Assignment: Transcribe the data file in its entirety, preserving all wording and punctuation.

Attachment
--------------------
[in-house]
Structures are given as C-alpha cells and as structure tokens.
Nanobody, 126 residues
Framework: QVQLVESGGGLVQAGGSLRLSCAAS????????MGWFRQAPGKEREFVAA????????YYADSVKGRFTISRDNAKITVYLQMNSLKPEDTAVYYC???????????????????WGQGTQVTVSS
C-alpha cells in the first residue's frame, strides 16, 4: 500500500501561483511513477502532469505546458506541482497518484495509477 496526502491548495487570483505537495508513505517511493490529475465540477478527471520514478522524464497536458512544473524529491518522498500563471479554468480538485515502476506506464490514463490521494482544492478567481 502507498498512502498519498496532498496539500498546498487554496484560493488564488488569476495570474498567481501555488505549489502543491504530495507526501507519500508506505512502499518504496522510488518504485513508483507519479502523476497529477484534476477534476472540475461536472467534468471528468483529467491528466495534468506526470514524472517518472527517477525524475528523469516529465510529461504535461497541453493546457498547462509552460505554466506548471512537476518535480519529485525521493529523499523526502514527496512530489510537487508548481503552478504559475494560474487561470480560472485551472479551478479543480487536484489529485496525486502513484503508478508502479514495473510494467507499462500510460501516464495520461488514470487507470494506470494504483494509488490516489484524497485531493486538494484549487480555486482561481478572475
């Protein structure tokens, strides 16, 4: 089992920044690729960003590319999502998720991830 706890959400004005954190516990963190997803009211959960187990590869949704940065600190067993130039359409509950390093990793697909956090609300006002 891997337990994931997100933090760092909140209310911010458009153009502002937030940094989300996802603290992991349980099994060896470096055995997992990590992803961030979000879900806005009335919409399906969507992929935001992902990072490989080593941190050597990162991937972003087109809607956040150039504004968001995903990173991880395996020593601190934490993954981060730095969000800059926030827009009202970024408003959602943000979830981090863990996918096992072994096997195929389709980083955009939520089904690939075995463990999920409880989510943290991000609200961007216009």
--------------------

[in-house]
Structures are given as C-alpha cells and as structure tokens.
Nanobody, 126 residues
Framework: QVQLVESGGGLVQAGGSLRLSCAAS????????MGWFRQAPGKEREFVAA????????YYADSVKGRFTISRDNAKITVYLQMNSLKPEDTAVYYC???????????????????WGQGTQVTVSS
C-alpha cells in the first residue's frame, strides 16, 4: 500500500501561483511513477502532469505546458506541482497518484495509477 496526502491548495487570483505537495508513505517511493490529475465540477478527471520514478522524464497536458512544473524529491518522498500563471479554468480538485515502476506506464490514463490521494482544492478567481 502507498498512502498519498496532498496539500498546498487554496484560493488564488488569476495570474498567481501555488505549489502543491504530495507526501507519500508506505512502499518504496522510488518504485513508483507519479502523476497529477484534476477534476472540475461536472467534468471528468483529467491528466495534468506526470514524472517518472527517477525524475528523469516529465510529461504535461497541453493546457498547462509552460505554466506548471512537476518535480519529485525521493529523499523526502514527496512530489510537487508548481503552478504559475494560474487561470480560472485551472479551478479543480487536484489529485496525486502513484503508478508502479514495473510494467507499462500510460501516464495520461488514470487507470494506470494504483494509488490516489484524497485531493486538494484549487480555486482561481478572475
């Protein structure tokens, strides 16, 4: 089992920044690729960003590319999502998720991830 706890959400004005954190516990963190997803009211959960187990590869949704940065600190067993130039359409509950390093990793697909956090609300006002 891997337990994931997100933090760092909140209310911010458009153009502002937030940094989300996802603290992991349980099994060896470096055995997992990590992803961030979000879900806005009335919409399906969507992929935001992902990072490989080593941190050597990162991937972003087109809607956040150039504004968001995903990173991880395996020593601190934490993954981060730095969000800059926030827009009202970024408003959602943000979830981090863990996918096992072994096997195929389709980083955009939520089904690939075995463990999920409880989510943290991000609200961007216009």